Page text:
School Library Journal: Grade 5-9. An important first novel from a distinguished anthologist and poet. When Liyana's doctor father, a native Palestinian, decides to move his contemporary Arab-American family back to Jerusalem from St. Louis, 14-year-old Liyana is unenthusiastic. Arriving in Jerusalem, the girl and her family are gathered in by their colorful, warmhearted Palestinian relatives and immersed in a culture where only tourists wear shorts and there is a prohibition against boy/girl relationships. When Liyana falls in love with Omer, a Jewish boy, she challenges family, culture, and tradition, but her homesickness fades. Constantly lurking in the background of the novel is violence between Palestinian and Jew. It builds from minor bureaucratic annoyances and humiliations, to the surprisingly shocking destruction of grandmother's bathroom by Israeli soldiers, to a bomb set off in a Jewish marketplace by Palestinians. It exacts a reprisal in which Liyana's friend is shot and her father jailed. Nye introduces readers to unforgettable characters. The setting is both sensory and tangible: from the grandmother's village to a Bedouin camp. Above all, there is Jerusalem itself, where ancient tensions seep out of cracks and Liyana explores the streets practicing her Arabic vocabulary. Though the story begins at a leisurely pace, readers will be engaged by the characters, the romance, and the foreshadowed danger. Poetically imaged and leavened with humor, the story renders layered and complex history understandable through character and incident. Habibi succeeds in making the hope for peace compellingly personal and long as individual citizens like Liyana's grandmother Sitti can say, "I never lost my peace inside."?

Friday, July 20, 2007

The Laziest Boy in the World

Namioka, Lensey. Illus. by YongSheng Xuan (1998). The Laziest Boy in the World. New York: Holiday House . ISBN 0823413306.

When a baby boy, Xiaolong, was born who was so lazy he didn’t even bother to kick or cry, his parents thought he just wasn’t strong enough. His sisters—who don’t count because they are girls—let him watch as they fly their kites or play tug of war. Xiaolong is content to watch because it would take too much effort to participate—though he imagines what he would do if he did have enough energy to play. Xiaolong doesn’t learn to dress himself until he’s ten years old (and even then, he’s too lazy to make sure his clothes are properly fastened) and he fails at his only job because he’s too lazy to pull hard enough on the ox’s reigns to keep it from going into the mud. He even stays home, with a ring of bread around his neck while his mother runs errands—so he won’t starve to death while she’s not there.

One night, while everyone is sleeping—except for Xiaolong who was too lazy even to get up to go to bed—a thief climbs in through the window and starts to rob Xiaolong’s family. He is grasped by an unfamiliar feeling—anger—and the impulse to actually do something. So, he purposefully spills a pot of slimy rice soup all over the floor so that when the thief comes back by, he slips and falls, waking the entire house.

When word spread that lazy Xiaolong had saved his family from robbery, they were surprised and praised him. Xiaolong was very pleased, but not from the praise—just that little bit of movement of stopping the thief had triggered unfamiliar but happy sensations in Xiaolong’s muscles. He began walking, slowly, and moving more until finally, he learned to fly kites along with his sisters and realized that participating is ten times better than watching.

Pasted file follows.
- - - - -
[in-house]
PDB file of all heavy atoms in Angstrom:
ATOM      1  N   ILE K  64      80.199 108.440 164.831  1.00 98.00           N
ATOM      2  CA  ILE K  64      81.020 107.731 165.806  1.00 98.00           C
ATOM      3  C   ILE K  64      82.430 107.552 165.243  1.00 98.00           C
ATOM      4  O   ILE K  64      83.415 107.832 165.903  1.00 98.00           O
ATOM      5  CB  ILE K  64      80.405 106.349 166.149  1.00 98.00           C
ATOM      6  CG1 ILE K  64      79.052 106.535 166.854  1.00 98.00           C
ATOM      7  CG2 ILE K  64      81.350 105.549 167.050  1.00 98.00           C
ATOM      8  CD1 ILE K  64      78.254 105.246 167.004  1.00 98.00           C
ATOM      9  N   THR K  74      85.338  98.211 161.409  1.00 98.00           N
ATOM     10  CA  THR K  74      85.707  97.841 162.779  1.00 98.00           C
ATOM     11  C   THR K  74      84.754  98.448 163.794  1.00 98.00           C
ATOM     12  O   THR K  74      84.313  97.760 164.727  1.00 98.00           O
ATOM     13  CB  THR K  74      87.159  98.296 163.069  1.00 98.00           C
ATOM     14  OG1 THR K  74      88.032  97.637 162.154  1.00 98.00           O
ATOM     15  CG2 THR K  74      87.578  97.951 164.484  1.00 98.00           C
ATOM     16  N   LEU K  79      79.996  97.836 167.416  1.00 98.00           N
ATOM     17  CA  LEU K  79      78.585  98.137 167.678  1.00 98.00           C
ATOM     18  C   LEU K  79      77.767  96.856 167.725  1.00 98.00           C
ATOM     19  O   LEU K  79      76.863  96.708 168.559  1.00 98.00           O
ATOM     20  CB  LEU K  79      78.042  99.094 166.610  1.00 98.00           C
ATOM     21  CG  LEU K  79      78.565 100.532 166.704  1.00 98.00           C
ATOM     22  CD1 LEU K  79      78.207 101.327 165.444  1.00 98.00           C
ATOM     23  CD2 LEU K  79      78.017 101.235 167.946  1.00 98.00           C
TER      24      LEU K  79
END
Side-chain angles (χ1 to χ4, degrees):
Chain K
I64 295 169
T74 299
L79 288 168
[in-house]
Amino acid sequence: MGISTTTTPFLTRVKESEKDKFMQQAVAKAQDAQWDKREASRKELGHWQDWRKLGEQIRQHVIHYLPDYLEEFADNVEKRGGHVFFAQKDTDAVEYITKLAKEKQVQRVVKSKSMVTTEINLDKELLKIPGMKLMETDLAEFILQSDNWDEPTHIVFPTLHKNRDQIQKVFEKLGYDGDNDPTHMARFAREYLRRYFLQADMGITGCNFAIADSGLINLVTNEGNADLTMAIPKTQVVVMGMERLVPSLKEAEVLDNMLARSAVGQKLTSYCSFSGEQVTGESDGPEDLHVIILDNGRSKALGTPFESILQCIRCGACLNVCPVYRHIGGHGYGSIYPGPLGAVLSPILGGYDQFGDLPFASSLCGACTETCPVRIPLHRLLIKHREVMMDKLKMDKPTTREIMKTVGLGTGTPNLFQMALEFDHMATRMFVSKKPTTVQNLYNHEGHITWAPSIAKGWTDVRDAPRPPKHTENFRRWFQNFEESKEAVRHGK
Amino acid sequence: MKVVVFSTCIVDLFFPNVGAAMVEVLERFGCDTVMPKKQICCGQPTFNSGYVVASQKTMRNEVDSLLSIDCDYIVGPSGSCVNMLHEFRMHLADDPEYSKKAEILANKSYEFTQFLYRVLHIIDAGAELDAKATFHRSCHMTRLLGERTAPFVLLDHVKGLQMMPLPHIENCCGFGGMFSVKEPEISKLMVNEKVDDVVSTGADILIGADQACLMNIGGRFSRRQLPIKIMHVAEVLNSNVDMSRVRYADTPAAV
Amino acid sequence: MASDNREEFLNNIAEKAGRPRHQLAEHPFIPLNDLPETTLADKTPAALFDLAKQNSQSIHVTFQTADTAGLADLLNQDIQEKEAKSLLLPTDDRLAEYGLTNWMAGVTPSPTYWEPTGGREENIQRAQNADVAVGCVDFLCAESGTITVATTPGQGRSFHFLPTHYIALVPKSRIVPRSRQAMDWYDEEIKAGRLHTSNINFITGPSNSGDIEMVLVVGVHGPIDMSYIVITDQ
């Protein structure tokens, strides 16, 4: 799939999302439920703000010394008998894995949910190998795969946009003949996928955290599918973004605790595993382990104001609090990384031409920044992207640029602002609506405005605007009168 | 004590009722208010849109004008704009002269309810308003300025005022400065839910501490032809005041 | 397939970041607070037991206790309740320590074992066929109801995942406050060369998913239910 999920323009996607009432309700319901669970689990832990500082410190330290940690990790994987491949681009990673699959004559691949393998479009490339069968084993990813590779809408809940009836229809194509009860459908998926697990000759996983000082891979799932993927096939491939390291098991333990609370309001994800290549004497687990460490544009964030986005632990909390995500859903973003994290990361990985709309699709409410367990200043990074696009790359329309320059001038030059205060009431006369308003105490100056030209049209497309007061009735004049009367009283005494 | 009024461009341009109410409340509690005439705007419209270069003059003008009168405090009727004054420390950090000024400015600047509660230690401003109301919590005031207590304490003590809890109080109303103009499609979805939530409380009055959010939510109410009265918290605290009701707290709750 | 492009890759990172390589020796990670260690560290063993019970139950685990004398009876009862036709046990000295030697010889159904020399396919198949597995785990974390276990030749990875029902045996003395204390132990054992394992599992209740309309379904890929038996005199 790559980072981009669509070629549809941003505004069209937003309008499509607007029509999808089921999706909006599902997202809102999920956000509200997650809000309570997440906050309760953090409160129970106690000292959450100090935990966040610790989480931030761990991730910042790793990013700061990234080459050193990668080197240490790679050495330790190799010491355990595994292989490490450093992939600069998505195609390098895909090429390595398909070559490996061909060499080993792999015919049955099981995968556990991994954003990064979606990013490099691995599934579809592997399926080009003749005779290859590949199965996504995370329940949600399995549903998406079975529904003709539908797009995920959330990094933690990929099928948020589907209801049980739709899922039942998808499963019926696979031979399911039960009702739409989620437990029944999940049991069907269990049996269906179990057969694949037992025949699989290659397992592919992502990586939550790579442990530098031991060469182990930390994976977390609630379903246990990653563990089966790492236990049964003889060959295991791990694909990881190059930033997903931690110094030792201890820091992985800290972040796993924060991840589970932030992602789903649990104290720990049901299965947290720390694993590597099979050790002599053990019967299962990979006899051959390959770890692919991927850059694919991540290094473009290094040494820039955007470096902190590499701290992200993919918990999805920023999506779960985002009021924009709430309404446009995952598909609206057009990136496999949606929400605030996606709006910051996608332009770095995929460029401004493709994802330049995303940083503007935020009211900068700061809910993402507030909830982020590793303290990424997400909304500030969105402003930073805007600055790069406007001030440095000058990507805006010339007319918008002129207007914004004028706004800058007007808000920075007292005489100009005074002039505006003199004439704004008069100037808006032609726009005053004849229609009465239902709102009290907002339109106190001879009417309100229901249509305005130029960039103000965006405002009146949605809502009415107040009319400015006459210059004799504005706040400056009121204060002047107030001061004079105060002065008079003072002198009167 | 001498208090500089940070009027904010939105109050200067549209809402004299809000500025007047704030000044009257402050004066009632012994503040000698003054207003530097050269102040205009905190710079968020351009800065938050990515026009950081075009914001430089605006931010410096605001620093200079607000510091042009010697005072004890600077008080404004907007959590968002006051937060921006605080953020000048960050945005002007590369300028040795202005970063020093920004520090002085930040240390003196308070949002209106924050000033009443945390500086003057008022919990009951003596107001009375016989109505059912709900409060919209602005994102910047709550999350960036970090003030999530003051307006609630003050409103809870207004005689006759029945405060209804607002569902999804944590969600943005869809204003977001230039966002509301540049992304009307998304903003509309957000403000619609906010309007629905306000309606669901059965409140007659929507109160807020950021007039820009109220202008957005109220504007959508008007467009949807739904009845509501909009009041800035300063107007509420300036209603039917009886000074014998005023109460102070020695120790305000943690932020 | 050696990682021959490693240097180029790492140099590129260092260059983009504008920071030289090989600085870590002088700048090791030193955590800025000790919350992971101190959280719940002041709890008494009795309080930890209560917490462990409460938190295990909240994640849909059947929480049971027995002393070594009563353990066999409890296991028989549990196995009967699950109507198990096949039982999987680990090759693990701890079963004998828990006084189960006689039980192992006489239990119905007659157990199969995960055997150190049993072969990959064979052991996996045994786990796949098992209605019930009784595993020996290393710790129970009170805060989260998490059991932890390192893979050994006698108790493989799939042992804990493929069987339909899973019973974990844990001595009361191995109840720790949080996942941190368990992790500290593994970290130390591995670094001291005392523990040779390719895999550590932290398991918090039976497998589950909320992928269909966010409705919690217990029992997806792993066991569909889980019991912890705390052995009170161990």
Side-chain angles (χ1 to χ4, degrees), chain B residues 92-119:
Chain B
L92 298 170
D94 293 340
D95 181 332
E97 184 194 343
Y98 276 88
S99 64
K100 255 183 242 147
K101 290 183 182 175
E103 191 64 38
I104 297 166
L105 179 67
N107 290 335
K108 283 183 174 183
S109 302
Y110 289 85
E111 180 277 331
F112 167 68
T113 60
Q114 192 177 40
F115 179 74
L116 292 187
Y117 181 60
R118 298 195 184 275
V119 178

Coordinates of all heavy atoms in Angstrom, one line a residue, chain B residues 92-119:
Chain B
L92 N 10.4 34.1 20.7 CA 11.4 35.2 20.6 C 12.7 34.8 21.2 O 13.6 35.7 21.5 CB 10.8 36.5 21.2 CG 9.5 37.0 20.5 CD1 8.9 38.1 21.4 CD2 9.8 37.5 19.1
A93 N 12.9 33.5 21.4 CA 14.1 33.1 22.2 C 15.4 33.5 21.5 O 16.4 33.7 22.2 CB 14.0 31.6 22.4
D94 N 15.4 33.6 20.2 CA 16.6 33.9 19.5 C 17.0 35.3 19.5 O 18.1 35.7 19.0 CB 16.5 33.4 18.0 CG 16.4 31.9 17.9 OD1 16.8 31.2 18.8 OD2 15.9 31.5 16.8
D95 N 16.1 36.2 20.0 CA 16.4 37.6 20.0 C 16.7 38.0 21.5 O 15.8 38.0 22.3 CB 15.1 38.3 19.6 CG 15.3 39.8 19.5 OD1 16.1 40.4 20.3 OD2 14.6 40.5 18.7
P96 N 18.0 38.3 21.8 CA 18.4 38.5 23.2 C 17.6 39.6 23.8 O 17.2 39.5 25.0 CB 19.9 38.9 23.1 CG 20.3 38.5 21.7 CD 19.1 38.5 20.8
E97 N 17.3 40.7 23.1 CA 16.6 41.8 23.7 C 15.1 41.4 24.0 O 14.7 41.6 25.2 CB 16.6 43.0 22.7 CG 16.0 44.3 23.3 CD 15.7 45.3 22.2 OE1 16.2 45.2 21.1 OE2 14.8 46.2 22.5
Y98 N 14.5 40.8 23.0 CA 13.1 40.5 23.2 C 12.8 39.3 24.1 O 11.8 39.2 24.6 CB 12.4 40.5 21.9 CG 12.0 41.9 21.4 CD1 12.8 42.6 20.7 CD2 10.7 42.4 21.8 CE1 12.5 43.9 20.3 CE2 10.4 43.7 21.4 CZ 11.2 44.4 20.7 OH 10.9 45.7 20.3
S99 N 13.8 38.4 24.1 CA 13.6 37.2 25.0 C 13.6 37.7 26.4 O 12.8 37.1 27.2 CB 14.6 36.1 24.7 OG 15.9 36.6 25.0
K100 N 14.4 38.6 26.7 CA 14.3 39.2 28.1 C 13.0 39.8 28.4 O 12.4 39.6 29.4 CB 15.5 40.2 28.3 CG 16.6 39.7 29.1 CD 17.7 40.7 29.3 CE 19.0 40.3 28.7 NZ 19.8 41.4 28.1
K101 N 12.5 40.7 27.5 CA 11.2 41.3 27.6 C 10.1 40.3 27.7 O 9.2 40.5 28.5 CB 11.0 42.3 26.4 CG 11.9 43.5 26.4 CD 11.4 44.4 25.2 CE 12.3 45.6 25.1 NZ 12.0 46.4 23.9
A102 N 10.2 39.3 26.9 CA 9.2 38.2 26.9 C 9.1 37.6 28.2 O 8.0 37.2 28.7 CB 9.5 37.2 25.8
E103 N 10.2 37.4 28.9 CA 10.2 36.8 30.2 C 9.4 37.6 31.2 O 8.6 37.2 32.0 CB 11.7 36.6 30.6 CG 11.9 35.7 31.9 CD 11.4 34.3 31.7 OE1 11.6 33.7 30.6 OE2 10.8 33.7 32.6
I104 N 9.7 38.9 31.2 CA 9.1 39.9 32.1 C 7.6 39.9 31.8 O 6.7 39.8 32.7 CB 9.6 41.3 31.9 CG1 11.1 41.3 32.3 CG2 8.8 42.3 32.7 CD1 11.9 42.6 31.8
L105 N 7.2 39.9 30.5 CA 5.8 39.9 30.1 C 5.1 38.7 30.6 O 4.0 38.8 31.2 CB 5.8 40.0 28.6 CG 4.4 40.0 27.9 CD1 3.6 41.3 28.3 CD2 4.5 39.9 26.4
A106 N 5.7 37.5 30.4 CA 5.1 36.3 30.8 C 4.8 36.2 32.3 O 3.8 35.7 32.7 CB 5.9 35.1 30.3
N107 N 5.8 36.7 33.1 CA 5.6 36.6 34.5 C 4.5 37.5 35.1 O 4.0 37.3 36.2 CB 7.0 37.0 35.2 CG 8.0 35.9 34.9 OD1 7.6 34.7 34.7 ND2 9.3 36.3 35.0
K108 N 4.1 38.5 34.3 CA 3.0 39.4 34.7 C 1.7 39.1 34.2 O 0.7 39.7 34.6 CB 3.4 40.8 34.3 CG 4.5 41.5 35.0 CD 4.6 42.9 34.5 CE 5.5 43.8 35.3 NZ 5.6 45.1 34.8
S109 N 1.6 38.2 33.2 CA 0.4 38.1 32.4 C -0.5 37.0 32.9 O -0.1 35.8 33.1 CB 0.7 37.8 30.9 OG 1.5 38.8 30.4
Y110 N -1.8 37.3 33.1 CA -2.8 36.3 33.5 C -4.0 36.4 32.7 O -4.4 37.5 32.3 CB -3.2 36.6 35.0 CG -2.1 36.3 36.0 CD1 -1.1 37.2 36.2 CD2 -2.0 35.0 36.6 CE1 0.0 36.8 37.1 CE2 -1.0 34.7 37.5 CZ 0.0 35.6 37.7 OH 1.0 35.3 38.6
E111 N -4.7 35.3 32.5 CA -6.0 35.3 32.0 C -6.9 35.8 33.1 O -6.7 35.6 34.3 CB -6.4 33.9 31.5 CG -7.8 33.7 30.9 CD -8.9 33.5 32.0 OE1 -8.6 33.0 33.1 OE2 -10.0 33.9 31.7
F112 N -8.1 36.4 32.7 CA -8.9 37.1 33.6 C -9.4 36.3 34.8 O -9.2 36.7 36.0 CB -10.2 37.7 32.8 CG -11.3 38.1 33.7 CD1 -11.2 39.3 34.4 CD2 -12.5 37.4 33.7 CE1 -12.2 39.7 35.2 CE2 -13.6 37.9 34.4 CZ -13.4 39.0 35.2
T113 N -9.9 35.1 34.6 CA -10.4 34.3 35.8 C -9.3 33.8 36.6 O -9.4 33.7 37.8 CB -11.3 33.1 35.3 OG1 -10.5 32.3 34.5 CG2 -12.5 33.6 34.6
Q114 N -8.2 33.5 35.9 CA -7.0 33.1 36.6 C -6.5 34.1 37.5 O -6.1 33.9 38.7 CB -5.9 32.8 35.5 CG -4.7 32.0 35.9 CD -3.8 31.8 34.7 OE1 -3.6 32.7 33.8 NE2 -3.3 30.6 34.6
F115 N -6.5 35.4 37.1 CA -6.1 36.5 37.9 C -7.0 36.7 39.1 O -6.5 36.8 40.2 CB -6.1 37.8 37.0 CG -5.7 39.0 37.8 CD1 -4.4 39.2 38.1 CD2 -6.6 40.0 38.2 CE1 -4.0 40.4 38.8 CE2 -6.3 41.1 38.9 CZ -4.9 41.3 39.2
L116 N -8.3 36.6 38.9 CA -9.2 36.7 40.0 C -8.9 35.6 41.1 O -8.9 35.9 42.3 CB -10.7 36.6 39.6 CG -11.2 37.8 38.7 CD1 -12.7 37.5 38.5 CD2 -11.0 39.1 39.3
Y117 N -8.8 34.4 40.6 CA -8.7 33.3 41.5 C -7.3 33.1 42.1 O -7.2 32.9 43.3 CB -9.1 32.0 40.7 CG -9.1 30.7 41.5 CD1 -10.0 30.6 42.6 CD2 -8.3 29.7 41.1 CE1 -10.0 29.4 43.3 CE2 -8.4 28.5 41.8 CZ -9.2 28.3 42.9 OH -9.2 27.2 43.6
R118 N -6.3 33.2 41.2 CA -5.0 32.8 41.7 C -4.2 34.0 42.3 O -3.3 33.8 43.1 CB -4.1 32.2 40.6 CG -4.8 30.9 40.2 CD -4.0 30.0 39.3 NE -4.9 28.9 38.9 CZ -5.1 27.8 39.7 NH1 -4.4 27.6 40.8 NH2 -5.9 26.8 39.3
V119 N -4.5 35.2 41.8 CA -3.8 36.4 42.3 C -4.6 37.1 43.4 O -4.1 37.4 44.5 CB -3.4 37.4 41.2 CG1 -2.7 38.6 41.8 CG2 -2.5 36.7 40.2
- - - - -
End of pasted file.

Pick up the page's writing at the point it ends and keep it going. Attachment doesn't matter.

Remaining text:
What an adorable way to say, “Get up off your butt and stop watching the world pass you by,” as well as, “Watching the world go by may be entertaining, but getting up and going is so much more fulfilling.” I was puzzled by the complacency and nonchalance of Xiaolong’s parents. I’m not sure if this is a cultural thing or a folk tale thing. Is it Chinese to let your children do as they please and merely hope they’ll grow out of their behavior? Or is it just something we as readers of a folk tale must suspend our disbelief of for the purposes of the story? That element of the story was very frustrating to me.

Textually, this was another book with few cultural cues. The story mentions that Xioalong is from China, that he was “the only son, the precious one who would carry on the family name,” that “all the other children in the family were girls, who weren’t supposed to count,” eating with chopsticks, tending to a rice paddy and rice soup—these are the cues that reveal the setting of the story and that it is an Asian one.

But it is the illustrations, with their mixed media of acrylic, watercolor, pen and colored pencil, which really drive the cultural setting home. The dress, the houses, the furniture made of bamboo, the shrine in the home with the incense are all details which allude to the cultural origins of the story. However, I ask the question again, do I recognize these as Chinese because I have been to a Chinese restaurants and have seen similar artifacts? Are these articles accurate portrayals of a Chinese family’s typical belongings, dress and manners? The artist is Chinese, but do I use that as a reason to rationalize the impulse to assume accuracy? We have already learned this semester that such an assumption about other artists can be erroneous (African-American vs. continental African, Mexican vs. Puerto Rican (or other Hispanic groups, different tribes of Native Americans) and misleading. The question remains, how does an “outsider” judge the cultural accuracy of images and texts without first-had experience or insight from an insider? Should we merely trust the producers of these books? In my opinion, the fact that we have learned to question everything—to look at these books with a critical eye—is a step in the right direction (and a way to open dialogue amongst our young readers—a legacy we owe them) but is it enough? If not, what is the solution?